Used correctly, the benefits of implementing a quality management system conforming to ISO 9001 can be enormous.
Evidence shows that companies working to ISO 9001 experience increased efficiency and productivity; reduction in errors and waste of resource; higher quality products / services; increased customer satisfaction and increased sales. All of this leads to a healthier bottom line.
Of course, implementing a quality management system that meets the requirements of ISO 9001 can be challenging. Depending on the size and complexity of the organisation, it can take six to 12 months to complete the implementation.
Here are Klavs Henriksen's top 10 tips for implementing the internationally recognised Quality Management System (QMS) standard.
Top 10 Tips for Implementing ISO 9001
Buy and read the standard ISO 9001. This might seem to be self-evident, but there are people out there who rely on the internet to find all the answers. Nothing compares to reading the actual requirements.
The need to get top management commitment may be obvious - in fact it’s a requirement of ISO 9001 - but too often senior management think that it’s something they can delegate and wash their hands of. This won’t work. Without their commitment it can prove difficult to drive home the changes that are needed.
Provide education and training across all levels of the organisation. You need training in managing a Quality Management System
. Your staff need to understand the requirements of the standard as well as the quality principles that they should work towards in their everyday work. Needless to say, that education and training should be provided on a continuous basis.
Make sure that you develop and implement effective methods for internal communication. This will be needed during the development and implementation of your system, as well as afterwards in your daily running of the system.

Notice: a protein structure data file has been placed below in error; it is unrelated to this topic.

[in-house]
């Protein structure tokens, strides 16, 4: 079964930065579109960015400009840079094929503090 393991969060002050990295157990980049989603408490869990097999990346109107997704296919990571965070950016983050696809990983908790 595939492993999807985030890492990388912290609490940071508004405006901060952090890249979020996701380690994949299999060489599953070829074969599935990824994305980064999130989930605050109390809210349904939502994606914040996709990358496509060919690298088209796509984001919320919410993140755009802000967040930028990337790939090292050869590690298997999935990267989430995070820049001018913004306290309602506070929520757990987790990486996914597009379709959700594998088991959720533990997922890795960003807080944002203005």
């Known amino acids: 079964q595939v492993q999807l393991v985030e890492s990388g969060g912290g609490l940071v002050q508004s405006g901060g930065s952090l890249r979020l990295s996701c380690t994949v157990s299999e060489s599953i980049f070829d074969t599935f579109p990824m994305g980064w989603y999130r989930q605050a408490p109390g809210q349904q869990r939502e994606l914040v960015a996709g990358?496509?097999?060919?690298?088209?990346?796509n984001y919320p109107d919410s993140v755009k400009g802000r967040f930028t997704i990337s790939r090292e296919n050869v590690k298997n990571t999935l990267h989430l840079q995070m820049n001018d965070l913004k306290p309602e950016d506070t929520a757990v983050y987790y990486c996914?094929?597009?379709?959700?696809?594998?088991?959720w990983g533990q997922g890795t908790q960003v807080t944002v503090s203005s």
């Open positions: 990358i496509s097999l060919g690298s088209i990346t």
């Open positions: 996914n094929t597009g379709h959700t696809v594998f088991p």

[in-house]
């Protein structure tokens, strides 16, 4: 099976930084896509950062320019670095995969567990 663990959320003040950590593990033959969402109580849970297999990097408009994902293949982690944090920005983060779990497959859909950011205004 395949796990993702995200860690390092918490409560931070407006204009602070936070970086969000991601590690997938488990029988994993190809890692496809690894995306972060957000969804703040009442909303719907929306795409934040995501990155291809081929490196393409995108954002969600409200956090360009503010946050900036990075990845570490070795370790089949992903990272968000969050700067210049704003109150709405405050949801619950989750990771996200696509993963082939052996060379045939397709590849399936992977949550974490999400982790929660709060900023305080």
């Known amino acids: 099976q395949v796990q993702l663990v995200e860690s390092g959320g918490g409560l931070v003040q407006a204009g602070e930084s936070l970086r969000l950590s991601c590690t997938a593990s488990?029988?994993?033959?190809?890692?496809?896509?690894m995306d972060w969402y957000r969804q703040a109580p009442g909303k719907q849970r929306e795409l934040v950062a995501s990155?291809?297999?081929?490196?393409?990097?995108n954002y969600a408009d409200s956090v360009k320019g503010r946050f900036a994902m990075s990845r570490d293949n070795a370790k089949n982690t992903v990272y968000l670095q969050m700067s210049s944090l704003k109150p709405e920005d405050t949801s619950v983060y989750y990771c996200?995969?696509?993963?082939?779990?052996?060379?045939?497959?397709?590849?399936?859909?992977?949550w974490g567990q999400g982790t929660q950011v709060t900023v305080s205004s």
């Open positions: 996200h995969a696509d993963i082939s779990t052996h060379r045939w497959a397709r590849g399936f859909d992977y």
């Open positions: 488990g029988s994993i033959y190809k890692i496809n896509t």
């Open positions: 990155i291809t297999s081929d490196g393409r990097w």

Conduct a Gap Analysis to fully understand where your current system conforms to or doesn’t conform to the expectations of the ISO 9001 standard. In this way you will be able to allocate resources accordingly.
As the saying goes: When you fail to plan, you plan to fail. So, plan your implementation as you would plan any other project in your organisation. Make sure that roles, responsibilities and authorities are defined and communicated and develop a schedule that allows you the time and resources needed for the entire project.
A Quality Management System does not live a life in splendid isolation in a quality department. Quality is pervasive and touches all parts of the organisation, so involve managers and staff alike when developing your system, giving ownership of the whole system to the organisation.
Develop a clear Quality Policy, as well as other policies, and clear quality objectives to provide the organisation with a common direction.
Encourage managers and staff alike to question and improve on your policies, processes and procedures. It is not enough to only have an implementation team or internal auditors looking for issues with the systems. Everyone should continually be seeking better ways to do things. This is as true for the implementation as it is for the day to day running of your system.
Conduct regular reviews of your emerging and implemented management system through a process of internal audits. This can help you ensure that you are continually improving how your systems function.
Bonus tip: Find a certification body that you feel you can work with. The auditors are there to support you in growing your business and improving your management system.
Read our latest ISO 9001 case study here.